What we gain from this reduced, deboned and hashed opera is a certain intimacy and fluidity: actors have tiny interactions with the piano, or stop the music altogether (to get the straying Papageno out of the audience). A constrained Mozart, against a severe backdrop, still shines with startling clarity. The diminutive Malia Bendi-Merad sings the Queen of the Night's fiendishly difficult aria, "Der Hölle Rache", which demands the tessitura of a lark, with pinpoint delicacy. The sound of the cast's voices, unbuttressed by instruments, is an unexpected pleasure. Their movements, too, have been stripped of excess and honed by Marcello Magni to a debrided, graceful minimum.

Costumes bear the Brook hallmarks of the timeless and placeless -- namely, ecru and baggy -- though they are primped with vaguely oriental touches; incarnadine flashes denote the Queen's bloody doings. The lighting is stealthily beautiful. Admittedly sometimes the drive for simplicity can cause the childlike to slip into the childish: when Tamino and the rescued Pamina undergo trial by fire and water it is a slow strut up and down the stage, done with all the gravitas and self-importance of kids dressing up and making-believe.

Brook's casting is typically described as colour-blind, but perhaps colour-sensitive would be more accurate. The two black actors are the only ones who don't sing, and don't have a named role. They are by turns "gracious spirits" who further the action, and stagehands who shift the scenery. That said, William Nadylam is such a strong, attractive presence, that the action appears to revolve around him. He is the one who conjures the magic flute's appearance and disappearance, and when he stares down the cast at the end of the play, it is as if they are all creatures of his imagination.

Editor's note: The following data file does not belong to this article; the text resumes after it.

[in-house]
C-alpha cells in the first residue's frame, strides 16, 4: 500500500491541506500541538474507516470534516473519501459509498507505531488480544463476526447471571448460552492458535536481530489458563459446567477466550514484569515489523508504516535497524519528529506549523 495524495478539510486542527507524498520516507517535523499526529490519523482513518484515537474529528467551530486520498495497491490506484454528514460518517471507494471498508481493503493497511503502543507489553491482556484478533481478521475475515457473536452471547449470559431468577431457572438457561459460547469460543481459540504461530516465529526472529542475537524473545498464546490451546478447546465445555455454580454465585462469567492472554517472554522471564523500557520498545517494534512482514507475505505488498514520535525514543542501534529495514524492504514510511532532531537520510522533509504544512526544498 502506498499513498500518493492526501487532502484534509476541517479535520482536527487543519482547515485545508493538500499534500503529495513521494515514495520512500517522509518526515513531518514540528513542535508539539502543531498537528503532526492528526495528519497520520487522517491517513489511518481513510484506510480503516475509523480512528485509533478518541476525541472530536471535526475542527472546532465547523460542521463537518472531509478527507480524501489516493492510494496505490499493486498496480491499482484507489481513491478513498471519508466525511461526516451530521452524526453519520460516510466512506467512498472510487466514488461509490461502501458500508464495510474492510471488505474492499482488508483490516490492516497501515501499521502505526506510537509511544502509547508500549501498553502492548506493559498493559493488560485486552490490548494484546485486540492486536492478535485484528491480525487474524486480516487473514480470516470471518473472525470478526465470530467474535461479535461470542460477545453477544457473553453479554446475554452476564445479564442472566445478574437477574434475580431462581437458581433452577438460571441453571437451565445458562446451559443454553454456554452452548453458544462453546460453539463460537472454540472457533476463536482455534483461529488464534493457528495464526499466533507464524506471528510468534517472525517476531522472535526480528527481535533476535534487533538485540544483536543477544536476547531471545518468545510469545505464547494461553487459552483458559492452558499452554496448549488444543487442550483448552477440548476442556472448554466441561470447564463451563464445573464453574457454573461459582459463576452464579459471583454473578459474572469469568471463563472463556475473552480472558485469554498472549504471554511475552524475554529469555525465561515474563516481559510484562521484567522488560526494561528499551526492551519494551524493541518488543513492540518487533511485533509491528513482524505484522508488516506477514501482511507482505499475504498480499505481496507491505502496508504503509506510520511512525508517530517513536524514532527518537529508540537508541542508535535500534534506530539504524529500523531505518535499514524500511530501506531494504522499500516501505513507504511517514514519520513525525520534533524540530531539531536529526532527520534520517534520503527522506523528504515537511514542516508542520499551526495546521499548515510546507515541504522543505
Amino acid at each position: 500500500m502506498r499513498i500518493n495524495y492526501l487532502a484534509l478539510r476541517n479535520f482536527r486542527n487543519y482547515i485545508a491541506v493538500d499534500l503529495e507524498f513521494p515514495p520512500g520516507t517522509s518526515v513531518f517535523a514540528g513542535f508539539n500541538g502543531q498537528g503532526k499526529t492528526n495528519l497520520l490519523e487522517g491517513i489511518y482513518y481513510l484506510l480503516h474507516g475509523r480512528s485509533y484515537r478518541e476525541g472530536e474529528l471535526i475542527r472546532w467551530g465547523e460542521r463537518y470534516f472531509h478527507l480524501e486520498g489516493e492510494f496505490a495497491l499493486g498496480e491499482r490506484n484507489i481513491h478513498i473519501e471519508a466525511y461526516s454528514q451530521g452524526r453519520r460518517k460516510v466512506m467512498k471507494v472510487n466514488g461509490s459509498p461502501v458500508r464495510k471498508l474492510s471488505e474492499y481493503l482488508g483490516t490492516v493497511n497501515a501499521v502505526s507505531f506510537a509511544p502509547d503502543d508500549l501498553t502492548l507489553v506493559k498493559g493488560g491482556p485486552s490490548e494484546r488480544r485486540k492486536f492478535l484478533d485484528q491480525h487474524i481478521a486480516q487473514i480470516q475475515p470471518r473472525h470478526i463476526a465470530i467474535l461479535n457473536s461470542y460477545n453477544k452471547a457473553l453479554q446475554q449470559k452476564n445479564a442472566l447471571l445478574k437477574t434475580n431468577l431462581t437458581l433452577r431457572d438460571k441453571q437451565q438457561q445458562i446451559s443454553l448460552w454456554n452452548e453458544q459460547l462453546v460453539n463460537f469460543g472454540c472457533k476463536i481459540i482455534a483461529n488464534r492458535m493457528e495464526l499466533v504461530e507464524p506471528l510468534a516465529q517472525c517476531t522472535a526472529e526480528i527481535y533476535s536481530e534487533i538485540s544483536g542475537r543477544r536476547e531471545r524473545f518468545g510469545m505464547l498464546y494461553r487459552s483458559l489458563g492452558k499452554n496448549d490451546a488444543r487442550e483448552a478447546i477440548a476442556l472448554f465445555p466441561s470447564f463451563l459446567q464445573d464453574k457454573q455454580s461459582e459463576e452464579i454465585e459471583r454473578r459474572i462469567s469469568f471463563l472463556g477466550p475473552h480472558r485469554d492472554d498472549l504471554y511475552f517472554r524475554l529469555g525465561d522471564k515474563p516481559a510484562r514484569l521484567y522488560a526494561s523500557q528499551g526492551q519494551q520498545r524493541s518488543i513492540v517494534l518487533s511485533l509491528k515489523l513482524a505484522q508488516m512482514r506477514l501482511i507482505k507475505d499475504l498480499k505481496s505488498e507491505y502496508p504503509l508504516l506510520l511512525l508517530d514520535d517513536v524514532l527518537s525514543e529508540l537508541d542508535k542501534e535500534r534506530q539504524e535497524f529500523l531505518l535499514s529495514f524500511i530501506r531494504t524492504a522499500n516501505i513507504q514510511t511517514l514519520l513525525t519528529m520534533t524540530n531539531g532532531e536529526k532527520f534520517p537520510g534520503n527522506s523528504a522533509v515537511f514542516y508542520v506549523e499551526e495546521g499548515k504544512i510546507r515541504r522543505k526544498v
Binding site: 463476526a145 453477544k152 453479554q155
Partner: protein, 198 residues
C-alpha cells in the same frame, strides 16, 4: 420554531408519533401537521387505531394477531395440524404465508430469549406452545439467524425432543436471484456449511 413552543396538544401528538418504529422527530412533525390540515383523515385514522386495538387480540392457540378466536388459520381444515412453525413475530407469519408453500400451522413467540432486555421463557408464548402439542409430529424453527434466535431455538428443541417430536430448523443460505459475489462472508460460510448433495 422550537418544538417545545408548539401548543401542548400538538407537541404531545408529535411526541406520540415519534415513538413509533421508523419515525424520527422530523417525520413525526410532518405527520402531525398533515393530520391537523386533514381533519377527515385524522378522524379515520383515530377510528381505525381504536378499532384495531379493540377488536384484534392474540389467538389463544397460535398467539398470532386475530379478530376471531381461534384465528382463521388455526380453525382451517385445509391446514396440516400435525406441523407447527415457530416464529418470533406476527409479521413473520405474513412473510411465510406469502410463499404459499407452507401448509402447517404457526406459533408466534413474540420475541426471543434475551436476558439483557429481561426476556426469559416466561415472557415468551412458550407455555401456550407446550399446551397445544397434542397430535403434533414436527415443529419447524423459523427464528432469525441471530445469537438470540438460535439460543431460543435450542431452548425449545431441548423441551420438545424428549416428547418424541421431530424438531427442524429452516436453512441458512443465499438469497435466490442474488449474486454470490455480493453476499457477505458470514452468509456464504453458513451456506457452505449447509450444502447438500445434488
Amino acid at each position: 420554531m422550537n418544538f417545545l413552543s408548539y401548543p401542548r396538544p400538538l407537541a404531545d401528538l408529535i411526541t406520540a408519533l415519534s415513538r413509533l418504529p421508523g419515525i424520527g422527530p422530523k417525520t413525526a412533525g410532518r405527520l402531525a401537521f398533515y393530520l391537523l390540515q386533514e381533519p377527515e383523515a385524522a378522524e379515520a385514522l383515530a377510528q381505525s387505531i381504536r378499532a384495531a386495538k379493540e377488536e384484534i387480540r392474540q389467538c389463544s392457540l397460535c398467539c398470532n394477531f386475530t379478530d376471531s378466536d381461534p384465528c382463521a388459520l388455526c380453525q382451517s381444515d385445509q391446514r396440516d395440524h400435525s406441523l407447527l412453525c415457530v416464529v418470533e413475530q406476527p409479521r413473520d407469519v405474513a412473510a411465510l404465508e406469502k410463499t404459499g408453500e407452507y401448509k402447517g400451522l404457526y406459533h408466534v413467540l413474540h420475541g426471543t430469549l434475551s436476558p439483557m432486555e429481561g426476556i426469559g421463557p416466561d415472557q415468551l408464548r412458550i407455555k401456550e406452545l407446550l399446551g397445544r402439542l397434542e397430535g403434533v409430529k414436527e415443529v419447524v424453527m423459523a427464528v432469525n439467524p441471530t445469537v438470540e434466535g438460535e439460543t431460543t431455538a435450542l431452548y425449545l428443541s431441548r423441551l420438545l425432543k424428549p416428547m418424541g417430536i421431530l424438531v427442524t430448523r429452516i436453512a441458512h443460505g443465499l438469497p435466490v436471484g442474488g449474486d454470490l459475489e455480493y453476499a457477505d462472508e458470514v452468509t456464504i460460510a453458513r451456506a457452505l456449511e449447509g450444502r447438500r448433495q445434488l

The Magic Flute proved to be the composer's swansong, too, so it seems fitting that Brook has chosen it as his last project. Mozart haché it may be, but the dialogue between the two men is an interesting and at times delightful one. While we may not be getting essential Mozart, we are surely getting essential Brook.

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“The Hole-Up”: a poem by Matthew Sweeney

“You could taste the raw / seagull you’d killed and plucked, / the mussels you’d dug from sand, / the jellyfish that wobbled in your / hands as you slobbered it.”

Lying on your mouth and nose
on the hot sand, you recall
a trip in a boat to the island –
the fat rats that skittered about
after god-knows-what dinner,
the chubby seals staring up,
the sudden realisation that a man
on the run had wintered there
while the soldiers scoured
the entire shoreline to no avail –
you knew now you had been him
out there. You could taste the raw
seagull you’d killed and plucked,
the mussels you’d dug from sand,
the jellyfish that wobbled in your
hands as you slobbered it.
You saw again that first flame
those rubbed stones woke in
the driftwood pile, and that rat
you grilled on a spar and found
delicious. Yes, you’d been that man,
and you had to admit now you
missed that time, that life,
though you were very glad you
had no memory of how it ended.


Matthew Sweeney’s Black Moon was shortlisted for the 2007 T S Eliot Prize. His latest collection is Inquisition Lane (Bloodaxe).

This article first appeared in the 21 July 2016 issue of the New Statesman, The English Revolt